The beginning of a new year is often cause for evaluating the successes and failures of the past and resolving to make positive changes in our lives.
Lists of New Year's resolutions often begin with promises to stop smoking, loose weight or be on time. This year I would like to suggest another addition to the ubiquitous list: making time for family.
Although the kids would probably cheer for more TV time and trips to McDonalds, I would like to suggest another option, one that not only allows for quality time between parents and their children but also teaches important skills that will be used for years to come.
Food planning, preparation and clean up are great ways for families to spend time together. The best part is that there are appropriate jobs for everyone, from toddlers and teens to the captain of the football team or the school play diva. Best of all, when everyone is involved in creating the family meal, participation in the culminating event is usually more consensual.
Although allocating family time to create and share family meals may not receive rave reviews at first, it is possible and it can create many opportunities for family intimacy. After a few weeks of diligence, most families report fewer arguments, better communication between family members and a greater sense of unity and belonging. Here are a few tips to get you on your way:
1. Stand a united front. Children need to know that both of their parents are determined to make this change. If Mom and Dad aren't willing to make a few sacrifices to be home on time for family meals, children won't be either.
2. Plan a consistent meal time and stick to it. Flexibility is important, of course, but it needs to be an exception, not the rule.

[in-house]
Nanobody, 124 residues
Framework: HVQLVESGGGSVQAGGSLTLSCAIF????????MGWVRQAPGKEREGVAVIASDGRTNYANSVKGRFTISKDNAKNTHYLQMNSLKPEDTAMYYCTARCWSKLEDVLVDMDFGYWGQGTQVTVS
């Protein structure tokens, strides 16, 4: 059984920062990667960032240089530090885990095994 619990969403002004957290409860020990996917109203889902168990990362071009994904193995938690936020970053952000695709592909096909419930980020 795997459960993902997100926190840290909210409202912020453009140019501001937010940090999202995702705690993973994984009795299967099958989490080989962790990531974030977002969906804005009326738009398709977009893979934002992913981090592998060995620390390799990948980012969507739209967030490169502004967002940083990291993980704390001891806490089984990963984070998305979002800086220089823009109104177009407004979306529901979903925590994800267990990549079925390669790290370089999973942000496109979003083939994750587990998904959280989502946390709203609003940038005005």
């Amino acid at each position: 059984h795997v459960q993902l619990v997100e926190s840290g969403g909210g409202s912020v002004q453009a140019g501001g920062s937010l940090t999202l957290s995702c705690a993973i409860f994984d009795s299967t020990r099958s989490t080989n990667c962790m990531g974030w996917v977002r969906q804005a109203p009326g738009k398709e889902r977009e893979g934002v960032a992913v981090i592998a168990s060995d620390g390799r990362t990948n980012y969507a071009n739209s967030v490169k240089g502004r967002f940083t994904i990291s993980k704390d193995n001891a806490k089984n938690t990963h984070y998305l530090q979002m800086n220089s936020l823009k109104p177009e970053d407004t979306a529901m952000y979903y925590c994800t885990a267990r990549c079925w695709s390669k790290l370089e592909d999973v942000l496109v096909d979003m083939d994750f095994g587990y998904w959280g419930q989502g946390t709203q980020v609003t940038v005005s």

3. Delegate responsibilities fairly, not equally. When children are involved in meal planning and food preparation, they feel an investment in the family meal. When all of my six children lived at home, each child was responsible for dinner one night a week. This didn't mean they had to do everything, but they got to plan the meal and make sure it was ready to eat on time.
4. Plan ahead. Meal planning must be finished before the weekly trip to the grocery store. I also found it helpful to keep my storage room and freezer well stocked. Keep extra milk and eggs on hand in case you have to make a quick substitution.
5. Make it fun. When children are young, they love to learn and are willing to try almost anything. I have been amazed at the aptitude of young children. Helping a child does not mean doing it for them while they watch. It does mean modeling behavior and helping children imitate your actions. If a few egg shells get into the pancakes, they can either be fished out or provide a little extra calcium. Safety is the main concern.
6. Be patient. Children need to see meal planning and preparation as a way to contribute to the welfare of the family, not as just another chore. Reminders will be necessary at first, but eventually family meals will be a way of life. And don't sweat the small stuff. Eggs drop and milk spills so what? You are creating family here. The goal is effectiveness, not efficiency. It is not really efficient to let a 3-year-old child make a cake for her dad's birthday. It takes three times as long and makes 10 times the mess. But, the change it makes in the life of the child can't be measured, and that is really what we are trying to do.
Janet Stocks teaches advanced foods and family meal management in Brigham Young University's Family Living department. She teaches advanced foods and family meal management.